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I have seen this pair of words several times and could roughly catch the meanings in the contexts encountered. However, I do not understand properly and hence can't use it.

What does 'if any' really mean? How to use it?

Eg: The effects of the bans on markets, if any, are negative.

I appreciate a lot if some examples can be provide to help understanding.

Thank you.

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  • Please add a couple examples of how you've seen it used. The word pair can mean different things in different contexts. – J.R. Jul 31 '14 at 23:43
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Many times, this expression used after an already stated quantity (usually a small one) to further emphasize the unlikelihood of something by using hyperbole. Other times, to refer simply to a noun.

Examples: Sally is only able to have two of those candies, if any (at all). I don't think I've ever had more than three conversations with him, if any (at all). Her feelings, if any, were not shown.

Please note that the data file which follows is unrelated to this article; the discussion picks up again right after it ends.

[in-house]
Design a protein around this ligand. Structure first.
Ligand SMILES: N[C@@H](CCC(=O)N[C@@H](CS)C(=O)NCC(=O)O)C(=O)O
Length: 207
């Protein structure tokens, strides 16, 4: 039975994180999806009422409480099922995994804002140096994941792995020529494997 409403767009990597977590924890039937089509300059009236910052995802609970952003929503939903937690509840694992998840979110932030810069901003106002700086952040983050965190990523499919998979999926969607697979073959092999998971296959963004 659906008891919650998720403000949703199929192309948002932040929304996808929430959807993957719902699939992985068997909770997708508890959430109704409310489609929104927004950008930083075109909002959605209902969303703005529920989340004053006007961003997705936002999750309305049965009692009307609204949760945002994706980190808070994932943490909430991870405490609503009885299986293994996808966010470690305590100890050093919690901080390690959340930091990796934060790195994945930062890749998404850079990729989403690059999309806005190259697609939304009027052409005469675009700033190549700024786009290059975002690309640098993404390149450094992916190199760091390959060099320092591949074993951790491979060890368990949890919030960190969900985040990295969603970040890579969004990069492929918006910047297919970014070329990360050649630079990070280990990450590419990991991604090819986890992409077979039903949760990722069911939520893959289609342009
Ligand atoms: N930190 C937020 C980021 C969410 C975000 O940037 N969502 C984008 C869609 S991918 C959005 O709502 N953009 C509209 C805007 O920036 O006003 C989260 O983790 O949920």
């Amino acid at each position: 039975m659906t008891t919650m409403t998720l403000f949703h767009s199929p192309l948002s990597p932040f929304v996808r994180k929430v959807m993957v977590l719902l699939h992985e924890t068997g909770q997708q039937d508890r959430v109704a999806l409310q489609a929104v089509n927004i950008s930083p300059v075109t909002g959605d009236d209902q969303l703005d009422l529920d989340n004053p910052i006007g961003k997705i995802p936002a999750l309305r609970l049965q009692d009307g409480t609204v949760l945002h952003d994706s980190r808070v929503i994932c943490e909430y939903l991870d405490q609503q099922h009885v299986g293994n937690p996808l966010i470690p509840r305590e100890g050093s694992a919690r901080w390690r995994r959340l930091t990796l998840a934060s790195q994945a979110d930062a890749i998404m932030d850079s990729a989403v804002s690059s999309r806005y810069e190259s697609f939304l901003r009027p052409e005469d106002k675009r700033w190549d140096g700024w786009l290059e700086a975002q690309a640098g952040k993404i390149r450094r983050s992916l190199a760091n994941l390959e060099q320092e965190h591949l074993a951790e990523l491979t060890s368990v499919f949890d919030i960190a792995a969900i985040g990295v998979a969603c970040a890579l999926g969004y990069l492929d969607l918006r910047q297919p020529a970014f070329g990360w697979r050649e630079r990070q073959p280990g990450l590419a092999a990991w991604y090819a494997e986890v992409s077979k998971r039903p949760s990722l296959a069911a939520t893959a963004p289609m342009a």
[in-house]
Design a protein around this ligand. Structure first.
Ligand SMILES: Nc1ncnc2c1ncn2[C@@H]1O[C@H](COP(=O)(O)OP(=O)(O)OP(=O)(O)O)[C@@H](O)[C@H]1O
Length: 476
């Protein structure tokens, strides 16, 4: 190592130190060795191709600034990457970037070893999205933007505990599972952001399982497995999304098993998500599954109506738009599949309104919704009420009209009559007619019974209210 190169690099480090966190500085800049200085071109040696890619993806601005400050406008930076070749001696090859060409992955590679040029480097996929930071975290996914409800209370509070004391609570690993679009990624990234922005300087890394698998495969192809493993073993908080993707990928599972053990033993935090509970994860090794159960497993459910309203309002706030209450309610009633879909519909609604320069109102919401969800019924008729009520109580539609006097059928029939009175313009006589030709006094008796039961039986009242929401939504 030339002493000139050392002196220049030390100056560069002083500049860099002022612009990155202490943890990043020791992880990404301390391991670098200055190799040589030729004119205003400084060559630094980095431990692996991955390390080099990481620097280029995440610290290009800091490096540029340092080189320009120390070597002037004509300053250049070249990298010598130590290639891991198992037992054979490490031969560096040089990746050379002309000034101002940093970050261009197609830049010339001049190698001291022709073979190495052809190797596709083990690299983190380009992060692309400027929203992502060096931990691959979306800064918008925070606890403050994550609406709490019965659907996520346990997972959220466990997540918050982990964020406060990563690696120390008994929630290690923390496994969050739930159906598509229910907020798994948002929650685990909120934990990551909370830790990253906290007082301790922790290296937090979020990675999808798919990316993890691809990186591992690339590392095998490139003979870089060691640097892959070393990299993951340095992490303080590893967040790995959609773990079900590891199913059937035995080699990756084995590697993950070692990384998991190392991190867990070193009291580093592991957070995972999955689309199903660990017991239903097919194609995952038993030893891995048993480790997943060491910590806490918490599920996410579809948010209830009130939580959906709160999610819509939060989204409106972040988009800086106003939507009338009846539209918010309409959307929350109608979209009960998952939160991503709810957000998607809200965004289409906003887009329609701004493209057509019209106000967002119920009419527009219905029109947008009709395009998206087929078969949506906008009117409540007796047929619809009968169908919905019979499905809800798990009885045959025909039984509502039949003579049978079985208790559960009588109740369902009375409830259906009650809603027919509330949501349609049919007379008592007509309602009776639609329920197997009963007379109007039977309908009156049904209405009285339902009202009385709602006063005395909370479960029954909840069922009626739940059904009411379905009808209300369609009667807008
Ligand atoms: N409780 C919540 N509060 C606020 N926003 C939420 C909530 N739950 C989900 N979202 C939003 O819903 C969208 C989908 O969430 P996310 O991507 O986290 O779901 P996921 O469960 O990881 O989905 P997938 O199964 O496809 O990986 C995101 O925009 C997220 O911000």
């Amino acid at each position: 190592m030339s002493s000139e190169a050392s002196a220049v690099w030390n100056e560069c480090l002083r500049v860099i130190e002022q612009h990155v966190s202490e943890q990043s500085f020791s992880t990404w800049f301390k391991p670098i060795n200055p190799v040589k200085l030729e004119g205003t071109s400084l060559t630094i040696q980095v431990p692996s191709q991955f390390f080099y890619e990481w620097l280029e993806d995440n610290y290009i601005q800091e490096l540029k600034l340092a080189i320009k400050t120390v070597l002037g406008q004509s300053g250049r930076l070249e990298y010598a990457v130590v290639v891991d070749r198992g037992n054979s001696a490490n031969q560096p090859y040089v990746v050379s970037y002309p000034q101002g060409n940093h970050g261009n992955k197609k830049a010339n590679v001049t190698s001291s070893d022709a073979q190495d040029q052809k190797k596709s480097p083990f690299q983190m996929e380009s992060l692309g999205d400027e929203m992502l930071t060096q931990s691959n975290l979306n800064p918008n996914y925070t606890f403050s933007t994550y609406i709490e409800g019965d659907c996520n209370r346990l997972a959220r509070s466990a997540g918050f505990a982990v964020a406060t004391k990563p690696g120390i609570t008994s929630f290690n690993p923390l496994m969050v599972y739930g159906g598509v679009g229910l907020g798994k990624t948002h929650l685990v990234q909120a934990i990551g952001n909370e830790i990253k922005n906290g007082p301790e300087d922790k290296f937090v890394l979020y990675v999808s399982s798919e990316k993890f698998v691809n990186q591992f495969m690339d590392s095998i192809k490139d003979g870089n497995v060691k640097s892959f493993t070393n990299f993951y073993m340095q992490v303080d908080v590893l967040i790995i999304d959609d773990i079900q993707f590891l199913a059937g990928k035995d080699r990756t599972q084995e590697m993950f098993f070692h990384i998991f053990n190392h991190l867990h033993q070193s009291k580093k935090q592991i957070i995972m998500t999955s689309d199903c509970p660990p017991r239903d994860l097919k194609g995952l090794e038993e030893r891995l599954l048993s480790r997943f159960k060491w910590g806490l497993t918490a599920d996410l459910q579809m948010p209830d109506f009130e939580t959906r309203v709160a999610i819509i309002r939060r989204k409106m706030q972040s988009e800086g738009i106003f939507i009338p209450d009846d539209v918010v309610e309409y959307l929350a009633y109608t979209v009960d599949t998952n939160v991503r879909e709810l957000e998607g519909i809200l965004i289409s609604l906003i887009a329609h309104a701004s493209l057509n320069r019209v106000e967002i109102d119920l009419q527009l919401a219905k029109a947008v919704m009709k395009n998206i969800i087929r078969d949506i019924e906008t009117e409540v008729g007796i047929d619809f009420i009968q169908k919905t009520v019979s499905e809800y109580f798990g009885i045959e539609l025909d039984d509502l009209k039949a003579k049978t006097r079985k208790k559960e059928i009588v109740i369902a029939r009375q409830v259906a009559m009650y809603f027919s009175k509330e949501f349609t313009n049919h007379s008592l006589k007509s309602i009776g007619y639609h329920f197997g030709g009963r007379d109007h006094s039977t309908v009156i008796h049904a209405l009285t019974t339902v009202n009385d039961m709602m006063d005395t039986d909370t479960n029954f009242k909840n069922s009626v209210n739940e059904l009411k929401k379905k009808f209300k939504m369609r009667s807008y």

-It is used as a continuation to an already mentioned noun - and, in so doing, it takes the same verb associated with that noun

Examples (based on the above sentences): Sally is able to have two of those candies, if (She is able to have) any. I don't think I've ever had more than three conversations with him, if (I've had) any (with him). Her feelings. If (she has) any (at all), were not shown.

Hope this helps!

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Think of if any replaced by if there are any and see if this makes any sense. Summary: The first part of the sentence is assumed to exist. The 'if any' basically implies the first part to be zero instances, but just in case it's greater than zero (any), the rest of the statement applies.

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